The rise in home runs in 2019 wasn't because of a juiced ball, but rather due, in part, to inconsistent seam height on the baseball combined with "player behavior," according to preliminary results of a study commissioned by Major League Baseball.
The early findings of the 27-page report were released Wednesday. The authors were a committee of professors charged with looking into the record number of home runs -- 6,776 -- in the past season.
The committee concluded that ball manufacturer Rawlings hadn't made any purposeful changes to the ball to increase offense. The report found the baseball's performance was because of variability in the production process and not because of anything intentionally done by MLB or manufacturer Rawlings.
Instead, the report determined that the carry of the ball led to 60 percent of the increase in home runs while launch conditions were the rest of the reason. The carry is affected by seam heights, in part, and the committee found "large ball-to-ball variation in those quantities," according to the report. In fact, among the balls evaluated in the study, four had seam heights less that 0.035 inches in height and two of them had seams that exceeded 0.0425 inches.
Since seam height is responsible for 35 percent of the carry, according to the report, the committee acknowledged additional review is needed.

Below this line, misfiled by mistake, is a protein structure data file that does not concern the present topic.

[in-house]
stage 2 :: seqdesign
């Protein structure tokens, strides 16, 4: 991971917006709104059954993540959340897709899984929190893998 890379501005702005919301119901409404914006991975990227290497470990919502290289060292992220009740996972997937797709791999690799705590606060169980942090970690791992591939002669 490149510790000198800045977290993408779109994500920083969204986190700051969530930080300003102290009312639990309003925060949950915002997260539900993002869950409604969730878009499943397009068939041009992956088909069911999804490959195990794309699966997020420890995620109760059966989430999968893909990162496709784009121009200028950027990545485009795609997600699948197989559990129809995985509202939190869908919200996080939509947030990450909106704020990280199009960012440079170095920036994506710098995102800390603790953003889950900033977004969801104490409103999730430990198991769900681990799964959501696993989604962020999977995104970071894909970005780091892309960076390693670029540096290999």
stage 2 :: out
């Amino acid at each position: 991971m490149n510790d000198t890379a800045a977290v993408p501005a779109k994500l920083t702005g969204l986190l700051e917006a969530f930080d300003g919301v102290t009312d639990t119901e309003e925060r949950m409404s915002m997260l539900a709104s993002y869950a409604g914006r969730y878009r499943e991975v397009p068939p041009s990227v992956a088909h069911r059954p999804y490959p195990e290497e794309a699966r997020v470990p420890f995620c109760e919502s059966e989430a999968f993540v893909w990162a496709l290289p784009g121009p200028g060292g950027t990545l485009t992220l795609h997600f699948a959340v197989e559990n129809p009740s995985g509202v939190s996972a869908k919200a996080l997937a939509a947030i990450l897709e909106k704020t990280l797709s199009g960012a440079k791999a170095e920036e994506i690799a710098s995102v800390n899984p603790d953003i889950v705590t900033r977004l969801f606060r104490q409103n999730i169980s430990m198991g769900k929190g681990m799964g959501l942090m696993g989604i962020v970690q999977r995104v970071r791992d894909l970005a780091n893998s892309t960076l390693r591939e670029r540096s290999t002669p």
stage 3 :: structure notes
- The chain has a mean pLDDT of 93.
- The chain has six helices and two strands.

"While we have learned much from our studies as well as those of other investigators," the report said, "there is much that is not yet understood."
The committee also said the home run increase, in part, also was due to changes in players' swings and launch angles.
The report included some recommendations, including researching how mud applied to balls influences the drag and looking into storing balls in humidors in every MLB stadium to make the conditions uniform across the country.
The professors said a more detailed report was still to come.
The study was the second commissioned by MLB and came following allegations that MLB ordered the balls to be manufactured to generate more offense.
The previous record for home runs in a season across MLB was 6,105. Fifteen teams set franchise records for home runs.
--Field Level Media
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